merlin666

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I have two vintage ukes, one luthier made uke, and a high end guitar with hand carved necks, as well as three guitars and two ukes where I assume the necks were machine made. I find the hand carved necks much more comfortable to play, though I really can't tell why. Though all these instruments have very different neck shapes and sizes too, so the hand carved characteristic may be spurious.
 

sequoia

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I think what sometimes gets missed in these discussions is what the purpose of building ukuleles is in the first place. Namely to build an instrument that makes good sounding music while being easy to play and sturdy enough to hold up over time. Everything else is just adornment. If using CNC helps make a better sounding instrument than it is a valuable tool. If one makes a beautiful looking instrument by only using hand tools and it sounds like crap, what was the point? Same goes for a CNC made instrument.
 

Mike $

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The CNC is good for making it easier for the builder to do certain things and to save time, which should mean lower costs to the builder. I wonder how much of the savings are passed on to the buyer. I have yet to see an instrument go down in price.
 

Pete Howlett

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No, it is not a lower cost to the builder! Where on earth do you get that idea? Typically, builders are lucky if they get $25 an hour for their work while the mechanic, handyman even can charge $100 an hour. All the CNC does is allow you to more readily take a living wage from your business.. Not everyone is like me building 4 - 6 instruments a month - 4 of those instruments pay my costs, the other 2 are my 'profit'. It takes a long time to get ROI with CNC which is why I am trying to develop a course that offers a way to purchase and get going with this technology in the small maker's workshop.
 

Mike $

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No, it is not a lower cost to the builder! Where on earth do you get that idea?...snip
I got that idea when I went to the Schimmel piano factory in Braunschweig, Germany and the production manager told me that was why they bought the CNC.
 

saltytri

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I got that idea when I went to the Schimmel piano factory in Braunschweig, Germany and the production manager told me that was why they bought the CNC.
In case there is any doubt, Pete knows what he is talking about. Consider the possibility that a piano factory with a staff of employees and higher production numbers might present a very different situation as compared to an artisanal craftsman. The idea that costly CNC hardware and software should lead to lower prices may hold water for a piano factory but it certainly doesn't for me. I use the CNC to do a few things with a higher quality result, but at considerable cost to get into the game and not necessarily much, if any, time savings. And the costs don't stop once the machine is sitting on the bench. A top quality bit for cutting clean fret slots is a "consumable" and can cost as much as a conventional fret saw that lasts much longer. You may be correct that an instrument built in an automated Asian factory can be built for less so you should be able to buy it for less but that has nothing to do with the question that "sequoia" asked in the context of his carefully handcrafted instruments.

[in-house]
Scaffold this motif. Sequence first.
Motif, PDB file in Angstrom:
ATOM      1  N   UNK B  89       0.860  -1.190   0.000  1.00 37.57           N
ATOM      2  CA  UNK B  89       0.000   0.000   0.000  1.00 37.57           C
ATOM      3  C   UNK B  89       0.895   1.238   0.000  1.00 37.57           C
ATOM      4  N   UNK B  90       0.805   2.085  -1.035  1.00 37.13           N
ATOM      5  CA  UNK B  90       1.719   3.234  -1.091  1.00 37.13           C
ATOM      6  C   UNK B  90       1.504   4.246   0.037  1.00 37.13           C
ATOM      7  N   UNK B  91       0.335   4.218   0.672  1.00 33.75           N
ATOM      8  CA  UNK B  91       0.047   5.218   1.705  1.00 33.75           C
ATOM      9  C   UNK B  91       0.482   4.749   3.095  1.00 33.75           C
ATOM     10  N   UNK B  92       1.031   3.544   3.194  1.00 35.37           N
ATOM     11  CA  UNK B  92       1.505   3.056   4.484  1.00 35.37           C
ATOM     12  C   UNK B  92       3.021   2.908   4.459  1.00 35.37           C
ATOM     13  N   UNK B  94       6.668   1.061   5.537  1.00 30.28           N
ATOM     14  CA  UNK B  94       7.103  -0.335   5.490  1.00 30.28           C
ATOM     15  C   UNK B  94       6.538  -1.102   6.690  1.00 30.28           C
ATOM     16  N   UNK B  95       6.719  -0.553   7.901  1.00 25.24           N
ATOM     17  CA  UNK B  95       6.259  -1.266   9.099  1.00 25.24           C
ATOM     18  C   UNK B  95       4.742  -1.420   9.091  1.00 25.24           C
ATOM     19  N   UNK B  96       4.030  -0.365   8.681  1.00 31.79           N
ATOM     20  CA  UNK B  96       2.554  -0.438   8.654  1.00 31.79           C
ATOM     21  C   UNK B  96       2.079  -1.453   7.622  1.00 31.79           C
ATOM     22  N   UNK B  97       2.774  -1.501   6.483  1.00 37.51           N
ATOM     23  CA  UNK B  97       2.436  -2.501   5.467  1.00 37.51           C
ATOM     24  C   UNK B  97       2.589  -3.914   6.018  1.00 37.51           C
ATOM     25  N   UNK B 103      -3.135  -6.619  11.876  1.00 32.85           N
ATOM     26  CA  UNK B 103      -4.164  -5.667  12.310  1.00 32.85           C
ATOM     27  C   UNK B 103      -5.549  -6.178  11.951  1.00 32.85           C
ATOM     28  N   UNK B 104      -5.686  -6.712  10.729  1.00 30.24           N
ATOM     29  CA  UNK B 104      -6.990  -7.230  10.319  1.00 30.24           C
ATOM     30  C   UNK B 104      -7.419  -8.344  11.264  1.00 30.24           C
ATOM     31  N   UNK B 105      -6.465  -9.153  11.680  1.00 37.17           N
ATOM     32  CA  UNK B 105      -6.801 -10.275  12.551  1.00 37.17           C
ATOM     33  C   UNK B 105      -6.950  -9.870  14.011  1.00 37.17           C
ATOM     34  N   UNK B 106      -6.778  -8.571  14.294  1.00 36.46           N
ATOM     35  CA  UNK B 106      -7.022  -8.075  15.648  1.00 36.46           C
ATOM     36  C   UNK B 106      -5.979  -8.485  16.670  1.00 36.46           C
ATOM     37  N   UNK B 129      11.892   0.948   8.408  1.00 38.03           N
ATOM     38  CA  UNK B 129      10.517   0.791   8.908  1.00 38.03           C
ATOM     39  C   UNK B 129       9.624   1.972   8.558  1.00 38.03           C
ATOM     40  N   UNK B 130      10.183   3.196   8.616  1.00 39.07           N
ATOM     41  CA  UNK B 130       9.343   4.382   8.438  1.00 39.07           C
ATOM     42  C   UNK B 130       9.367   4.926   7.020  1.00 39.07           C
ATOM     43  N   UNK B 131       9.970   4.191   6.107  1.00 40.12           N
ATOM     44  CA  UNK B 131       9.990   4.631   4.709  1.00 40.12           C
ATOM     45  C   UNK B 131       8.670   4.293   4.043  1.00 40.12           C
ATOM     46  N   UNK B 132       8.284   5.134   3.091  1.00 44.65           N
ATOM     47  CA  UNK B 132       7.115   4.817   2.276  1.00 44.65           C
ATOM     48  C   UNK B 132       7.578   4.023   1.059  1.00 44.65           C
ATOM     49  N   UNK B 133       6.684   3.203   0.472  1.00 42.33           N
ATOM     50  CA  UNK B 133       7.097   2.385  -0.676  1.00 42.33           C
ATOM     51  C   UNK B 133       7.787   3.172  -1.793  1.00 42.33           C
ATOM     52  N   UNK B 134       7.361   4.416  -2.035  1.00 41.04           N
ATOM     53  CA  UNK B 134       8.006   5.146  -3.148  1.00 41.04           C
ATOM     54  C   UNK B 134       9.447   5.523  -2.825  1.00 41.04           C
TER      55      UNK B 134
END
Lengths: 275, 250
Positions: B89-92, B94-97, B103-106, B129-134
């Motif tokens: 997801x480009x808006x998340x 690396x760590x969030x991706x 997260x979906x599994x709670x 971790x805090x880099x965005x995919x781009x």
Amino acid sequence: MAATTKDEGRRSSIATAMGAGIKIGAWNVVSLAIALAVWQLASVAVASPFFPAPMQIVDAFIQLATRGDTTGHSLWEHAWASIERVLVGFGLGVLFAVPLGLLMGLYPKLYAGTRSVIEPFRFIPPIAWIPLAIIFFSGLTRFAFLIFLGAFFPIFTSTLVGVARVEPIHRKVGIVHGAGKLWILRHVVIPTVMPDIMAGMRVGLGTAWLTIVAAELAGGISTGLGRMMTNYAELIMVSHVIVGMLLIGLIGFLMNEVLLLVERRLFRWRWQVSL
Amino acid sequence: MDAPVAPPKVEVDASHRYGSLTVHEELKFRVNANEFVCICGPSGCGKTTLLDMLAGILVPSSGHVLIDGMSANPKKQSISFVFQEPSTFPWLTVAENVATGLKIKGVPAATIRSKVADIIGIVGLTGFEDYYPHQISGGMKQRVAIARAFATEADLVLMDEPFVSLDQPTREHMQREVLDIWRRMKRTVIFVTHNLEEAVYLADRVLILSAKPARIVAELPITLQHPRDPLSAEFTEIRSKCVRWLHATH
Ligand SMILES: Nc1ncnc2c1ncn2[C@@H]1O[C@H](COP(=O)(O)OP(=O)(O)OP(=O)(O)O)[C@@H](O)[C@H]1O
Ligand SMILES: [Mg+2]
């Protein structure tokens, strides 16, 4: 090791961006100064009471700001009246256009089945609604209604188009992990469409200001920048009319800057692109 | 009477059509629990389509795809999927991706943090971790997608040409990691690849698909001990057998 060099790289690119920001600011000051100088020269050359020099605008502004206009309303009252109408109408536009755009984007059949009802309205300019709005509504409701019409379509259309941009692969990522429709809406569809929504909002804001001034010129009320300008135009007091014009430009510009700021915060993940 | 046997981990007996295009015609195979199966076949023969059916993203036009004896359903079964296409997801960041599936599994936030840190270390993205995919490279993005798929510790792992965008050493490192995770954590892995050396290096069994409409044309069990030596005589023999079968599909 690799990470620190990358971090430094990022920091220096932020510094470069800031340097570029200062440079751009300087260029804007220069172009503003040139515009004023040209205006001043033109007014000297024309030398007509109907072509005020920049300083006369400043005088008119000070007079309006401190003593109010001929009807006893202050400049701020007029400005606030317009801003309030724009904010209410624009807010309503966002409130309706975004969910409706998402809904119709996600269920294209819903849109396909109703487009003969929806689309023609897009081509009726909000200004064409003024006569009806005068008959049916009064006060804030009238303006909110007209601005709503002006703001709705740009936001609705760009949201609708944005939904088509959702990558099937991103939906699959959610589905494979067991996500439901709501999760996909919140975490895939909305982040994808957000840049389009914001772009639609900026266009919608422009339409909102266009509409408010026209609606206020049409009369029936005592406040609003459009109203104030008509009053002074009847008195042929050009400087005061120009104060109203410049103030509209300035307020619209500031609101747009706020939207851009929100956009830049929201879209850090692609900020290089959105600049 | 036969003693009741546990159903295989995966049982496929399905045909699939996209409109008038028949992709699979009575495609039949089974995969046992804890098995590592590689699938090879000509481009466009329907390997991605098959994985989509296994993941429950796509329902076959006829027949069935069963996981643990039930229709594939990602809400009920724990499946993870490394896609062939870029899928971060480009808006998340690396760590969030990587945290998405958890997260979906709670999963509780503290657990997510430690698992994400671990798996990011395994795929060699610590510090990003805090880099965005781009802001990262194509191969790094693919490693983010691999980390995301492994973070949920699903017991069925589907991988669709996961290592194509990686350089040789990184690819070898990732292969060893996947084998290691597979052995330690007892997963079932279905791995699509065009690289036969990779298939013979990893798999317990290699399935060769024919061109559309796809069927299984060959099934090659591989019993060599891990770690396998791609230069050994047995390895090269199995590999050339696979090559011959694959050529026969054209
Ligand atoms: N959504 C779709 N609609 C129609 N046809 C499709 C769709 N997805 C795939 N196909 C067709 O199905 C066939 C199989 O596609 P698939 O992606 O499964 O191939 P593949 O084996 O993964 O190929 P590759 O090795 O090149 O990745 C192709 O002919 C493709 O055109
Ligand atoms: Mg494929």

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tonyturley

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As a hobbyist, I've used a cheap desktop CNC to do a few things like cut peghead routing templates, wood inlay pieces, and bridges. It did some of those things with more precision than my meager skills are capable of producing, especially cutting saddle slots. As I build ukes to satisfy my own desire to create and with no need to generate an income from doing so, I don't begrudge the extra time setting up the machine. There are many other steps I still complete with hand tools or more conventional power tools.
 

Pete Howlett

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And I am not defending a position... this is a FORUM where people can express their views without upsetting anyone because it's THEIR view. What I have learned works for me. Just don't dismiss something out of hand or repeat the tropes that are clearly not my and many professionals' experience and have an open mind to change.
 

plunker

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1634645332937.jpeg
Sound hole on my lute a lele was done by a computer. Not sure it that qualifies for CNC or not. There is something about a hand crafted instrument that is special. Technology is always going to try craftsmanship aside, but I don't think it ever will.
 
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I love CNC's and lasers. I don't have either or use them, and doubt that I ever will, but everyone and their cousin is getting them here in hawaii. That has created a great way for me to make good money from wood offcuts that I previously could not use. These new computer tool owners, if they are working with wood, have no way to resaw or sand to specs for their machines. I get several requests for those services a month. If I accumulate some extra offcuts, I can also market it on Craig's list. Easy, mindless, lucrative $ to mix in with the more intense not so lucrative luthier work.
The way I see the handwork vs. CNC use in craftwork is this. If it matters to the craftsman or consumer, then it matters. Outside of that relationship, it does not matter what the rest of us think. I personally much prefer high quality handwork, for no particular reason that can be supported rationally!
 
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merlin666

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I had no idea that CNC would even be an option for a small shop. When I toured bigger bigger factories they gave me the impression that CNC is a big investment that also needs ongoing technical and programming support and maintenance. And their machines were doing about four necks at a time with several batches per day. I think it is a great option for some jobs even in small shops, if there are small affordable machines and the skill to operate them can be learned in reasonable time. My local luthier won't consider it at all.